Nine US lawmakers have been forced to quit their posts over sexual abuse charges or workplace misconduct in the past six months, with the recent resignation of a Pennsylvania Republican congressman being the latest instance.
The Pennsylvania lawmaker, Representative Patrick Meehan announced Friday that he would resign from Congress immediately following reports that he had paid a secret settlement – or ‘hush money’ – to a staffer “who he allegedly confessed his love to,” The Washington Post reported Saturday, noting that Meehan had stated in January that he would retire near the conclusion of his current term in December but he decided to resign now as congressional ethics probe into his case “heats up.”
Since numerous sexual abuse allegations against Jewish Hollywood mogul Harvey Weinstein surfaced in 2017, the so-called #MeToo era has brought down some of the most powerful public figures in American politics, media and entertainment.
At one point in December 2017, the report adds, three members of the US Congress had to quit their legislative posts in one week.
However, the US Congress has so far failed to enact laws to make it easier for congressional staffers to report sexual or other forms of misconduct by powerful members of Congress and their top aides.
The following is a recap of the misconduct allegations that have shaken the Capitol Hill and led to the resignation of a significant number of US lawmakers within a short period.
In the latest case, Meehan reportedly wrote what appeared to be love notes to a female staffer, but when they became public he referred to the former aid during an interview with a local daily as his “soul mate.”
He later attempted to clarify that by soul mate he actually meant something like an “office buddy,” according to The Post, which further noted that Meehan also declared on Friday that he’ll pay back the $39,000 of taxpayer money used to bribe the former staffer to keep quite.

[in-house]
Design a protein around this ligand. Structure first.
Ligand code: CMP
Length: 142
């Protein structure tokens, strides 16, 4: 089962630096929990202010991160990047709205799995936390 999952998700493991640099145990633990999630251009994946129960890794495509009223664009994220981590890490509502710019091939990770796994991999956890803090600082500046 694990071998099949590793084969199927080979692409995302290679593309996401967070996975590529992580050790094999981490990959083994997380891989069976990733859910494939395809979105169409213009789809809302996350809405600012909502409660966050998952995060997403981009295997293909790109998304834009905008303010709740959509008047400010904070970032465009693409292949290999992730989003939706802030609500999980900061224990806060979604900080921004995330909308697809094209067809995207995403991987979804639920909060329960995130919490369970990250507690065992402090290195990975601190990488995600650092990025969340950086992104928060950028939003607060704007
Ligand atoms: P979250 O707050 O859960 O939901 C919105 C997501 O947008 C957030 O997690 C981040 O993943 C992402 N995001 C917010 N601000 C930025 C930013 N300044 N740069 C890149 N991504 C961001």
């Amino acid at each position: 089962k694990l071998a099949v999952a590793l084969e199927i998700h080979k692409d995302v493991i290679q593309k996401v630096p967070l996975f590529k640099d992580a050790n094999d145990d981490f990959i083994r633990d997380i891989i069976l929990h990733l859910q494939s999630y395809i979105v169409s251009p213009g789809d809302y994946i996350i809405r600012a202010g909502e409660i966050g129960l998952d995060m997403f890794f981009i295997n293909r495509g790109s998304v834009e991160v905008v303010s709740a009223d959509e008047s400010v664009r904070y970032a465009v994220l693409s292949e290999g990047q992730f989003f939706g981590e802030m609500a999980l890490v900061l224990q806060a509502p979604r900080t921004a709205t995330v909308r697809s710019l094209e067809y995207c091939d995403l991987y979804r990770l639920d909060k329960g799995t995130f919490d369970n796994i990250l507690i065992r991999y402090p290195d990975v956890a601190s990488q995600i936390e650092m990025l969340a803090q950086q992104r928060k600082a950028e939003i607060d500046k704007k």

Another Republican congressman from state of Texas, Blake Farenthold, announced his resignation earlier this month over sexual scandals stretching back seven years.
“Duck pajamas, a goofy grin and his arm slung around a lingerie model was just the start. The end for Farenthold resulted from accusations from staffers — male and female — of sexual harassment and verbal abuse,” said the US daily.
Farenthold, like Meehan, had also originally announced plans to retire at the end of the year, but abruptly stated earlier in the month that he is resigning immediately as he faced a House ethics probe.
Another interesting case involves Connecticut’s Democratic congresswoman Elizabeth Esty – the only female lawmaker in the list – who announced earlier in April that she would not seek reelection after US media outlets revealed that she allowed her chief of staff stay on the job for three months despite knowing that he had allegedly threatened to kill another staffer whom he had dated.
The youngest lawmaker in the list is the 37-year-old Nevada Democratic Congressman Ruben Kihuen, who announced in December that he would not seek reelection amid sexual harassment allegations, including reports from women who worked for his successful campaign for his first term in the US House of Representatives.
Former comedian and Minnesota Democrat Al Franken is the only senator to quit Congress so far in the #MeToo era. By the time he reluctantly resigned last December, he had been accused of “groping multiple women over the span a decade,” according to the report.
Arizona Republican Representative Trent Franks also resigned in the same week as Franken following reports that he offered a female staffer $5 million if she would carry his child. The woman told investigators that Franks approached her with a written contract.
Veteran Democratic Congressman from Michigan, Rep. John Conyers Jr. also stepped down the same week as Franks and Franken, following allegations from six women that he had behaved inappropriately or made sexual advances over the past two decades. The 88-year-old African-American lawmaker denied the allegations but House Democratic leadership succeeded in pushing him out.
Another Texas Republican Congressman Joe Barton further announced last November his plan to retire from the US legislative body in 2018 after a nude photo of him circulated on the Internet. It later turned out that the photo revealed a secret relationship with a woman despite being legally married.
According to The Post, “Barton's story parallels the allegations of others on the list in one key way: He is accused of using his power as a member of Congress to investigate the woman for sharing the photo of him.”
The resignation of another Pennsylvania Republican Congressman Tim Murphy in early October of 2017 was one of the first of this era amid reports that the eight-term lawmaker had asked a woman with whom he was having an affair with to get an abortion.
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